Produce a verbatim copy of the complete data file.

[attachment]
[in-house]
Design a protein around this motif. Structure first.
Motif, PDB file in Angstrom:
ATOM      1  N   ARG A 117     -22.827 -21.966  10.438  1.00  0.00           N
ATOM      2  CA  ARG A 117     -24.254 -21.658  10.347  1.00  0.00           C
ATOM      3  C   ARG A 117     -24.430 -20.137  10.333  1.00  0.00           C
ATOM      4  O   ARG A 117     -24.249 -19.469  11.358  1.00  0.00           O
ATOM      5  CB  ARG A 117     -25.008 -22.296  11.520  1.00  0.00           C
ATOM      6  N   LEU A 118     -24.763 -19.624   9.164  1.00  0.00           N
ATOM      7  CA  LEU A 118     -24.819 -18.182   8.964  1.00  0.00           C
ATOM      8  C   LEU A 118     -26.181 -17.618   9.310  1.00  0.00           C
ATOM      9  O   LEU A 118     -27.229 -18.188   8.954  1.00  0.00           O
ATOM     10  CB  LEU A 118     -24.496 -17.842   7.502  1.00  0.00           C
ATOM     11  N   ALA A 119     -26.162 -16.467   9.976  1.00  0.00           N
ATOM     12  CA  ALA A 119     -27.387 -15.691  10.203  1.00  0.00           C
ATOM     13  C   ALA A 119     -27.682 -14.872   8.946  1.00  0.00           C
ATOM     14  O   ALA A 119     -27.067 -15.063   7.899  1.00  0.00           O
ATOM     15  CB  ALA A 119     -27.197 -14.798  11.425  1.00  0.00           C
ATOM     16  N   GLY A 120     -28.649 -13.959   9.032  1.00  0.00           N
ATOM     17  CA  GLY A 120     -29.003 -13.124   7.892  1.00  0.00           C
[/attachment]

[in-house]
Design a protein around this motif. Structure first.
Motif, PDB file in Angstrom:
ATOM      1  N   ARG A 117     -22.827 -21.966  10.438  1.00  0.00           N
ATOM      2  CA  ARG A 117     -24.254 -21.658  10.347  1.00  0.00           C
ATOM      3  C   ARG A 117     -24.430 -20.137  10.333  1.00  0.00           C
ATOM      4  O   ARG A 117     -24.249 -19.469  11.358  1.00  0.00           O
ATOM      5  CB  ARG A 117     -25.008 -22.296  11.520  1.00  0.00           C
ATOM      6  N   LEU A 118     -24.763 -19.624   9.164  1.00  0.00           N
ATOM      7  CA  LEU A 118     -24.819 -18.182   8.964  1.00  0.00           C
ATOM      8  C   LEU A 118     -26.181 -17.618   9.310  1.00  0.00           C
ATOM      9  O   LEU A 118     -27.229 -18.188   8.954  1.00  0.00           O
ATOM     10  CB  LEU A 118     -24.496 -17.842   7.502  1.00  0.00           C
ATOM     11  N   ALA A 119     -26.162 -16.467   9.976  1.00  0.00           N
ATOM     12  CA  ALA A 119     -27.387 -15.691  10.203  1.00  0.00           C
ATOM     13  C   ALA A 119     -27.682 -14.872   8.946  1.00  0.00           C
ATOM     14  O   ALA A 119     -27.067 -15.063   7.899  1.00  0.00           O
ATOM     15  CB  ALA A 119     -27.197 -14.798  11.425  1.00  0.00           C
ATOM     16  N   GLY A 120     -28.649 -13.959   9.032  1.00  0.00           N
ATOM     17  CA  GLY A 120     -29.003 -13.124   7.892  1.00  0.00           C